When I was a junior in high school I took AP Lang and one of the books we had to read over the summer was Bill Bryson’s A Walk In the Woods. I had never read any travel literature or anything by Bill Bryson before, and I found myself completely enamored with the genre and the author I discovered it with. Since then I have made it a goal to read all of Bill Brysons books and have yet to find one that has disagreed with me.
One of my favorite books of his, In a Sunburned Country details his travels around Australia and had me laughing out loud the first time I read it. I added it to my Christmas List one year and received two copies from different people. I brought one of those copies with me to Australia but Justin took it home with him when he left, and then my friend Jordan told me to keep his copy when I asked to borrow it to write this entry, because he didn’t want it. In my absence my mother bought a copy of her own to read while she planned my family’s Australian adventure. So I have two copies of this book to my name, but three in my family. Needless to say, I’m a fan.
When I first read the book my freshman year of college I remember the chapter on Canberra as being particularly hilarious. Having now travelled to Canberra I can say with full authority that everything Bill Bryson said about it was 100% correct, and so for my blog entries on Canberra I am going to quote him and invite you to laugh along with me at my favorite grumpy travel writer who couldn’t have been more correct in his observations about this odd little town.
Justin and I woke up (or rather Justin woke up and then fought me out of my sleeping state) around 6am on Friday morning to catch our 7am bus from central station to Canberra. We were both groggy and grumpy but made our bus on time without incident and then promptly went back to sleep. The bus ride was around three hours long and once we got out of Sydney the scenery was filled with lots of mountains and odd looking trees. When we got off the bus Angela, Justin’s friend from the Citadel, was there to greet us and walk us to her apartment where we would be staying for the weekend. Angela is currently working on her masters degree in peace and conflict studies (somewhat ironic since she went to a military school for her undergraduate degree) and when she heard that Justin was going to be in Australia demanded that he spend a weekend in Canberra.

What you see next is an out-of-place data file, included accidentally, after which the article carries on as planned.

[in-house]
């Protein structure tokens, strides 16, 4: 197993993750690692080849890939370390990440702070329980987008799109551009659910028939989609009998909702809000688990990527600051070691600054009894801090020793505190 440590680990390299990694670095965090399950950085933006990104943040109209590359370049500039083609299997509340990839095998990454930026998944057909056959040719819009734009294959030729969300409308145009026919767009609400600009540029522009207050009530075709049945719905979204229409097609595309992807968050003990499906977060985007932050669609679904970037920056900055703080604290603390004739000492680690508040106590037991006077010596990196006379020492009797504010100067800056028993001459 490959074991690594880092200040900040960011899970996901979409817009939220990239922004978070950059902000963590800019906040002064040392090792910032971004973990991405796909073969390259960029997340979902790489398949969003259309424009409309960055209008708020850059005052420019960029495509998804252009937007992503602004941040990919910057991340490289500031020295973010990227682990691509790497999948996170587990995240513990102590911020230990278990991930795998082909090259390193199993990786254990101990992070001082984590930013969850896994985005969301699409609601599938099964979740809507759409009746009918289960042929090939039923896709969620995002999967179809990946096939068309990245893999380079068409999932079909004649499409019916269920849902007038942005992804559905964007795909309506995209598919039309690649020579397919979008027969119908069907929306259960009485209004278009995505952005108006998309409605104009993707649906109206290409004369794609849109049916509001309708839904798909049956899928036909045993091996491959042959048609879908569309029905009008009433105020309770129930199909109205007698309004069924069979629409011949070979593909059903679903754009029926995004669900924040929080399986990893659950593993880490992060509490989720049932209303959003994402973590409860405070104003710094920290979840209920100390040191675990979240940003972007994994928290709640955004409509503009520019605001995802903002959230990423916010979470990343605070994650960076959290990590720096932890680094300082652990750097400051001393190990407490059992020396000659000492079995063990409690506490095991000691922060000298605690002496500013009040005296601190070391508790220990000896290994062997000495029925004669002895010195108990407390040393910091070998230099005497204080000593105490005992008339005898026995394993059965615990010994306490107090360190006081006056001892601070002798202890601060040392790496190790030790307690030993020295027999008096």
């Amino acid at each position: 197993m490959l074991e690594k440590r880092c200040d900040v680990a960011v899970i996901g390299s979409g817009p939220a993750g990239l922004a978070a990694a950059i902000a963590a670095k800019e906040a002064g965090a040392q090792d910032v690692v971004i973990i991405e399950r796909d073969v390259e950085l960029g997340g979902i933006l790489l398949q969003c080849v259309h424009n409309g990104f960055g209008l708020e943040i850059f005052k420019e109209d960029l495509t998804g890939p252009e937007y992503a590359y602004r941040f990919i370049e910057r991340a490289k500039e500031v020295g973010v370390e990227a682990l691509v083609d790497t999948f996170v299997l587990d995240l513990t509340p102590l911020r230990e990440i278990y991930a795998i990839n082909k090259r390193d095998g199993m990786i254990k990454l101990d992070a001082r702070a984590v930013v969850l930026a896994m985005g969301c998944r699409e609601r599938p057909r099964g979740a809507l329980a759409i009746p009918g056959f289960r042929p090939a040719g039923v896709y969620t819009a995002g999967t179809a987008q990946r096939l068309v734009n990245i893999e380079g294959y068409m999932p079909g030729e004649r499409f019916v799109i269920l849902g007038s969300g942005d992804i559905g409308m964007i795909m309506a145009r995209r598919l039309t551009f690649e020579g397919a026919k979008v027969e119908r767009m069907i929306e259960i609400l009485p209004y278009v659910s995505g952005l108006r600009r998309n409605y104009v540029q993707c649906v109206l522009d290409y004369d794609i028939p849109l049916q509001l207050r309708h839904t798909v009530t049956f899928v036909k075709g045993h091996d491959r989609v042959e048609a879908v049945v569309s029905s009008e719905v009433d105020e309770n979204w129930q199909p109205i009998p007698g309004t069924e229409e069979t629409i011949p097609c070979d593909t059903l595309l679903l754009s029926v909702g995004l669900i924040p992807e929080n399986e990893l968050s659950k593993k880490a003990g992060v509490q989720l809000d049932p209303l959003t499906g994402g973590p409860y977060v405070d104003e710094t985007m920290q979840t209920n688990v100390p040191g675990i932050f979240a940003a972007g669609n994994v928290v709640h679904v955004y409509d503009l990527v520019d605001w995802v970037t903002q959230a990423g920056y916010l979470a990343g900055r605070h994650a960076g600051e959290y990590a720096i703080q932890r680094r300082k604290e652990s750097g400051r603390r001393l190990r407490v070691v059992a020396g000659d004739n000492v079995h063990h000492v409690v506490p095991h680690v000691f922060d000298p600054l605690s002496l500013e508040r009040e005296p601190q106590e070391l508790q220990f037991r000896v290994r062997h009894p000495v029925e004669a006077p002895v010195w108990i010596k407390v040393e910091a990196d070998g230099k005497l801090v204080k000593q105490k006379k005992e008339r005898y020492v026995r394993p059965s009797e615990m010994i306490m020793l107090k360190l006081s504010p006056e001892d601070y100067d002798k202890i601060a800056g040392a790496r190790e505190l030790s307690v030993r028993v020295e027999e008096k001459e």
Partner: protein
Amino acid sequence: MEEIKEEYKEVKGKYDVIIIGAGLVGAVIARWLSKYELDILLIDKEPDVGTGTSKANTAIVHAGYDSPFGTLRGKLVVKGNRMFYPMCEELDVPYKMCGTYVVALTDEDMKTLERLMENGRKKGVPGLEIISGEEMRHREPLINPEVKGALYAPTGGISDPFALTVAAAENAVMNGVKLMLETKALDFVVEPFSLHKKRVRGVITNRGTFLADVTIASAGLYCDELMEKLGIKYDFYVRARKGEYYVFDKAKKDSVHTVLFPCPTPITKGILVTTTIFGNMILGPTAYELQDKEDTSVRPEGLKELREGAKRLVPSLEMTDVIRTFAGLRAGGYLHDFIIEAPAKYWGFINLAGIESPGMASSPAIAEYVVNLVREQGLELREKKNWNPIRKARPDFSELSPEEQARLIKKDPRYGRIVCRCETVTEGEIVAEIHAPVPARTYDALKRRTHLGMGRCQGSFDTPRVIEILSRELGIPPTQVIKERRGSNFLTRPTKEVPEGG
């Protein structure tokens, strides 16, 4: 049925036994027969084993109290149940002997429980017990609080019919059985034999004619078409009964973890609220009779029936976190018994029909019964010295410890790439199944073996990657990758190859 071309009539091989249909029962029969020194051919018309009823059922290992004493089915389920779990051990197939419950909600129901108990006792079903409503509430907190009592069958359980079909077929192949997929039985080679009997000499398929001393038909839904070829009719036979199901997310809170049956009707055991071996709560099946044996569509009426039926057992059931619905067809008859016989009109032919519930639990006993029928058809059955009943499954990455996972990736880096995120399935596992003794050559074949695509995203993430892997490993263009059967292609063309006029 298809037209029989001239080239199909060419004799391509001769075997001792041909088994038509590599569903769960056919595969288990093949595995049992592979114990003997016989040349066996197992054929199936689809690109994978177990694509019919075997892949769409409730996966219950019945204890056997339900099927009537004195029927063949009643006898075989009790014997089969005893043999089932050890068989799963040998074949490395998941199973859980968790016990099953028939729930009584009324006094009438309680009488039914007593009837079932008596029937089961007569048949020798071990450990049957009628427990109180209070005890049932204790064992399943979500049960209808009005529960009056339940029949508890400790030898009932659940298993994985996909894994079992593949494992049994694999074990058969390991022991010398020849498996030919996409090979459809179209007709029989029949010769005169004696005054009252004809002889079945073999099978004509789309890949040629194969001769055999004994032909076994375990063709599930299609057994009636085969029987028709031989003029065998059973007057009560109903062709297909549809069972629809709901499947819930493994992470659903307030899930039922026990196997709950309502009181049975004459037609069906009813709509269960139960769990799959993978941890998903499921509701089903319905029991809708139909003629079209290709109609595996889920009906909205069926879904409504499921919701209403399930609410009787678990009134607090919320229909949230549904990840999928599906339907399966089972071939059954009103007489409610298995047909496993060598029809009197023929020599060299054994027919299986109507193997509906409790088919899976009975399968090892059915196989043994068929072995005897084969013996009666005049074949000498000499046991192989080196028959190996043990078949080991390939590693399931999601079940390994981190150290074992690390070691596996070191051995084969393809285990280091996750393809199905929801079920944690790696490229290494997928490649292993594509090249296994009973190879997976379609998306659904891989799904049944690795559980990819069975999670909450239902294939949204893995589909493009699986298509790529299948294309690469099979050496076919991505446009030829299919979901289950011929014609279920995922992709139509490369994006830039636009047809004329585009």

As Justin and I surveyed the landscape on our walk from the bus stop to Angie’s apartment we were very underwhelmed. It was around 11 am on a Friday morning and nobody seemed to be around. Things were eerily quiet. All the buildings we saw were sleek and modern looking, but devoid of any real character. Already we were judging.
Angie had glowing things to say about the city, but it is the only Australian city she has visited, and she spends most of her time in it studying. I think Canberra would be a very good place to work on a masters or doctorate degree since there doesn’t seem to be much in the way of distractions in the city. I would think you would find plenty of time to study because the city doesn’t give you many other options.